Dr. Ninan Mathew, the author of the study and the director of the Houston Headache Clinic, defended his approach on Tuesday. "Higher doses are more effective generally in clinical practice, and there was not a hidden analysis or anything. It was spelled out in the publication," he said. "There can be criticism about that type of analysis, and there are people who may not like it, but it is done sometimes." Abramson, the Harvard trials analyst, responded in an interview on Tuesday that regardless of whether or not the endpoint identified by the manufacturer in its original study plan was optimal, the results published in Headache were not based on that pre-identified endpoint. "It's clear they were cherry-picking the way to look at the data that would give them the best results," he said.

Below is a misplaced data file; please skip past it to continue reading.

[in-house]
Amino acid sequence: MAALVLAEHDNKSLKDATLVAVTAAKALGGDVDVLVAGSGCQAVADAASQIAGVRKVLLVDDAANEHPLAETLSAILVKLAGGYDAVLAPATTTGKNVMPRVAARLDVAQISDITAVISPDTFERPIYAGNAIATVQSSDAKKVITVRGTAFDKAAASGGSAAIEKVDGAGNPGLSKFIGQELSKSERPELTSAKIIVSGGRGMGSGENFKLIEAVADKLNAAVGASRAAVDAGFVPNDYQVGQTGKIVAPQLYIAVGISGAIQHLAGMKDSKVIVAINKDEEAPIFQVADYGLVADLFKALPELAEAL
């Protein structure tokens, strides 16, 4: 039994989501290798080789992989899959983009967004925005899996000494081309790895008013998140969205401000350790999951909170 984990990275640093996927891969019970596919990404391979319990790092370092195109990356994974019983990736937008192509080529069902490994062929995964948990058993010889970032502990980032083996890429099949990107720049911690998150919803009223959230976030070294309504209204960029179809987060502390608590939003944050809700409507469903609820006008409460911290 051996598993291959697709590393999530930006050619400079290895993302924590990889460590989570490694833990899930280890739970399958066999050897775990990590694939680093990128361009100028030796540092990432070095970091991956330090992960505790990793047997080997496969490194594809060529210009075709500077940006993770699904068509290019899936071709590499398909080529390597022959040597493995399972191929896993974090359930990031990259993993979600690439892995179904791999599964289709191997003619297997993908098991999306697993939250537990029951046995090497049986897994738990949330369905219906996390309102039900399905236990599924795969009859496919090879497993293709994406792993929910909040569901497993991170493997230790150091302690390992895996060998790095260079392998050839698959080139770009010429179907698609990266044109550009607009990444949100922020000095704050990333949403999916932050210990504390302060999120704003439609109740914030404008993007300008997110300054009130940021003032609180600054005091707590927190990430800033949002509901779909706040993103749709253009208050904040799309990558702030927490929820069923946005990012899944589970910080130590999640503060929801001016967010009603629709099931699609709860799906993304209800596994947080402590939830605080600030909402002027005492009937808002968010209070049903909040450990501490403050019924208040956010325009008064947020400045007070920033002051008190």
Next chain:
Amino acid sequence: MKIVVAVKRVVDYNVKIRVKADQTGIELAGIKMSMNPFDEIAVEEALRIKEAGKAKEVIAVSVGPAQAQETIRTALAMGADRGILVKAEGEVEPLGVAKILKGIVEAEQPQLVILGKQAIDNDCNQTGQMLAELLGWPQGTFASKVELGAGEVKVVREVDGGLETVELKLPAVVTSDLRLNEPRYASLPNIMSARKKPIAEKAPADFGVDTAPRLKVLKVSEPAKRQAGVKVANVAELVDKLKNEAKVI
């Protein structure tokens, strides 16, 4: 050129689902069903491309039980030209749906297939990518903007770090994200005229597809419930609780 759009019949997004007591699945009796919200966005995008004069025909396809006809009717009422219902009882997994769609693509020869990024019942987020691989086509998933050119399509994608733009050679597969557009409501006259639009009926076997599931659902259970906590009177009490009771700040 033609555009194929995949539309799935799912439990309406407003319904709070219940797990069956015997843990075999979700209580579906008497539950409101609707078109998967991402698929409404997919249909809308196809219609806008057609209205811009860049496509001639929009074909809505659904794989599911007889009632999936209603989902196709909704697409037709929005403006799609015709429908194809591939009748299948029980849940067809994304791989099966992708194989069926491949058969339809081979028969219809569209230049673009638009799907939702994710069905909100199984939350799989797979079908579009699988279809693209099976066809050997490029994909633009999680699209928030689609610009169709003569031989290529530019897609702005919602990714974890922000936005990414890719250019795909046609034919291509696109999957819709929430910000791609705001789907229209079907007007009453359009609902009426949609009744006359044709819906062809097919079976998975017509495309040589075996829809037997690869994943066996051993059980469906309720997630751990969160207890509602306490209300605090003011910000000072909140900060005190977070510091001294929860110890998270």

Perhaps the most subtle example of allegedly manipulated research described in the documents is a trial published in 1998 in the Journal of the American Medical Association. (The trial is colloquially known as "Backonja," after lead author Miroslav Backonja, a neurologist at the University of Wisconsin-Madison.) The trial focused on neuropathic pain—a major focus of Pfizer's marketing strategy in the early 2000s, judging by internal company documents. "Backonja's" design may have resulted in "unblinding," allowing patients to figure out whether they were on the drug or the placebo it was being tested against. "By the time they got to the 3600 milligram daily dose of Neurontin—and they were required to take doses that high as part of the trial—about half the patients had side effects such as somnolence or dizziness," Abramson explained in an interview. "Those side effects tipped people off that they were on the drug, and what that essentially does is give the study a lesser weight of evidence." In studies of pain, a patient's knowledge that he is on a drug can ruin any objective attempts to measure how much pain he is actually feeling. (If he thinks he's on the drug, he may actually start to feel better.) Nicholas Jewell, a biostatistician at the University of California, Berkeley, re-analyzed the Backonja data to see if there was an unblinding effect. His conclusion, in yet another of the lawsuit's 12 reports: "Almost the entire apparent treatment effect reported in Backonja et al disappears when data after the occurrence of treatment-related central nervous system side effects is eliminated. I conclude that the trial provides no basis of any clinical efficacy for gabapentin over placebo in reducing pain in this population."